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Rush: total sensory bombardment

12 Oct 2007 / in music and gigs

My husband Moth is a huge fan of Canadian rock band Rush. After Moth and I first got together, he played me some Rush, who had disappeared off my musical radar about 20 years before. And they sounded much better than I remembered.


There’s only three of them in the band – Geddy Lee, Alex Lifeson and Neil Peart – but if you listen to their work, recorded or live, you’d be forgiven for thinking that there must be at least eight musicians on stage, such is the size of their sound, their depth, complexity and musicianship.

We went to see them play Wembley arena on 10 October, the second of two nights at the venue. Their ability to fill Wembley two nights on the trot is testament to their huge following.. They have produced many albums over the past 30 years and I’m not that familiar with their work I couldn’t sing along, for example, but I’d seen them play live on DVD so I knew I’d be in for a good show. A very good show, as it happens!


Rush give their fans a total sensory experience. Not only do you get pulled into the show by the massive waves of urgent sound pumping into your head, the images shown on three giant screens above the stage show both live pictures of each musician, but also short films to help the listener consider each song more closely.


The songs are carefully crafted both musically and lyrically; Rush appear to be naturalist/atheists like me, with a strong sense of social justice and humanity. But that’s not to say they haven’t got a sense of humour – they most certainly have! Their creativity and sense of the ridiculous is amply illustrated in the short films and the randomness of the props on stage: a row of plastic dinosaurs lined up on the monitors behind guitarist Alex Lifeson, and three rotisseries complete with revolving chickens are the backdrop to bassist and keyboard player Geddy Lee.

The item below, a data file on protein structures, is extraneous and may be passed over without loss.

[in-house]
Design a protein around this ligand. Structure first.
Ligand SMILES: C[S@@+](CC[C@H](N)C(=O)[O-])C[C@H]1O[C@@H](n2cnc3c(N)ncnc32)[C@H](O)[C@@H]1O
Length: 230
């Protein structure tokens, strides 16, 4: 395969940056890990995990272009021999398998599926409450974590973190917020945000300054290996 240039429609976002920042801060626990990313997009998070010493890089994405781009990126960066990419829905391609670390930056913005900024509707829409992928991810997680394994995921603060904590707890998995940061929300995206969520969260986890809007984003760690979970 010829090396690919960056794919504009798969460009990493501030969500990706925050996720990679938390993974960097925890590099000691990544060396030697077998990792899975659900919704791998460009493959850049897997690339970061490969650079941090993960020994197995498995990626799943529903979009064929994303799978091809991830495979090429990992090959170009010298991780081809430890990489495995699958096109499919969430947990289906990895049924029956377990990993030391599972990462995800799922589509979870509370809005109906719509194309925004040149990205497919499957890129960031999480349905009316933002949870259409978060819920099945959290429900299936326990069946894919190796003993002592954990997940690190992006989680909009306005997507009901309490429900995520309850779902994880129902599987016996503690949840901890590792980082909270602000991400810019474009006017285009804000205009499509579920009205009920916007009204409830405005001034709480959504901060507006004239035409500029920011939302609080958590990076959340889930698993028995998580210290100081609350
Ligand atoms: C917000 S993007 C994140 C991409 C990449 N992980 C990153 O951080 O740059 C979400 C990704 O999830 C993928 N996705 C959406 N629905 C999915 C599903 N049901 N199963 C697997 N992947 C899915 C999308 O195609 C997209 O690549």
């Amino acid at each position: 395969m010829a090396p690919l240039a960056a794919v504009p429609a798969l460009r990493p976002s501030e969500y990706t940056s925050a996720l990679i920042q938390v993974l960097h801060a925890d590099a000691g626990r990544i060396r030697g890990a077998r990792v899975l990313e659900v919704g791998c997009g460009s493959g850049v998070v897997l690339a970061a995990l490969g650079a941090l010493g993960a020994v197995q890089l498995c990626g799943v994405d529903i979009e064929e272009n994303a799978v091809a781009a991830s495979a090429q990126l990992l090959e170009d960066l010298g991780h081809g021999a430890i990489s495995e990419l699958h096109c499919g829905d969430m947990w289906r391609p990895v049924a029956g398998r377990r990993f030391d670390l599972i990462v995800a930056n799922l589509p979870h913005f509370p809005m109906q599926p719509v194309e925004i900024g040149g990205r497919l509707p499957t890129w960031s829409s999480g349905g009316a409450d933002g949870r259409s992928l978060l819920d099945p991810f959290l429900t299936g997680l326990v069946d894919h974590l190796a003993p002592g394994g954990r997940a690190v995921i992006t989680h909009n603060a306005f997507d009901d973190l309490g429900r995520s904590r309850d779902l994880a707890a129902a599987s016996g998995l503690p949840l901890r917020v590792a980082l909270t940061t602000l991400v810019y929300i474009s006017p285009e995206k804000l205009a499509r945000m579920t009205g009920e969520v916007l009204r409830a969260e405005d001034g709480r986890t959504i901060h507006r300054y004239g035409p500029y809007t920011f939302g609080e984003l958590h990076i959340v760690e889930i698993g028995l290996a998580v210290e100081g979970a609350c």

But there is more. As well as the music, the big screens, and the filmclip of South Park characters Rush give you a no-expenses-spared light show rivalled only, perhaps, by the aurora borealis.


Lasers, fireworks, fireballs and strobes complete the sensory bombardment.
But there is still more. All this technical, electronic, audio visual wizardry pales into nothingness when compared to the talents of Neil Peart, Rush’s lyricist and drummer.


It was a privilege to see him play; I don’t think I’m overstating it to call him the finest drummer in the world.

Wow! What a gig!

Photos: Moth Clark

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